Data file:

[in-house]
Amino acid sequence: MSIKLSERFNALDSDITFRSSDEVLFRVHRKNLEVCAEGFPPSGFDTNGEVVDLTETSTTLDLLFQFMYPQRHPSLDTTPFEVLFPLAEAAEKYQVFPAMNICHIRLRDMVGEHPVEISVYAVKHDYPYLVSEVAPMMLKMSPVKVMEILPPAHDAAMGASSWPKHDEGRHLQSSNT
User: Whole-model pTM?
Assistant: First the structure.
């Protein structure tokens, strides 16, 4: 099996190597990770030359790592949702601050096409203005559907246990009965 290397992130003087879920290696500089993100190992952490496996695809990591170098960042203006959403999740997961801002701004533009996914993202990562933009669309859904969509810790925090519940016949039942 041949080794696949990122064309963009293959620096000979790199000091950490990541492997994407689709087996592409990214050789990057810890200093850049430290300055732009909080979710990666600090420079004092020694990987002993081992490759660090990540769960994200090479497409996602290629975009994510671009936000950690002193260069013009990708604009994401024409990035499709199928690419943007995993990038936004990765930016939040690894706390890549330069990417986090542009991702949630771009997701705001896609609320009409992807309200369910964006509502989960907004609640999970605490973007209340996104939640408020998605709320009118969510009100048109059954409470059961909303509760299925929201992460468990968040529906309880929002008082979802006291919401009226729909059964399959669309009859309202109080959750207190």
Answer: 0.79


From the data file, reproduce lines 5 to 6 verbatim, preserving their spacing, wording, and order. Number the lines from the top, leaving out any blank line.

């Protein structure tokens, strides 16, 4: 099996190597990770030359790592949702601050096409203005559907246990009965 290397992130003087879920290696500089993100190992952490496996695809990591170098960042203006959403999740997961801002701004533009996914993202990562933009669309859904969509810790925090519940016949039942 041949080794696949990122064309963009293959620096000979790199000091950490990541492997994407689709087996592409990214050789990057810890200093850049430290300055732009909080979710990666600090420079004092020694990987002993081992490759660090990540769960994200090479497409996602290629975009994510671009936000950690002193260069013009990708604009994401024409990035499709199928690419943007995993990038936004990765930016939040690894706390890549330069990417986090542009991702949630771009997701705001896609609320009409992807309200369910964006509502989960907004609640999970605490973007209340996104939640408020998605709320009118969510009100048109059954409470059961909303509760299925929201992460468990968040529906309880929002008082979802006291919401009226729909059964399959669309009859309202109080959750207190």
Answer: 0.79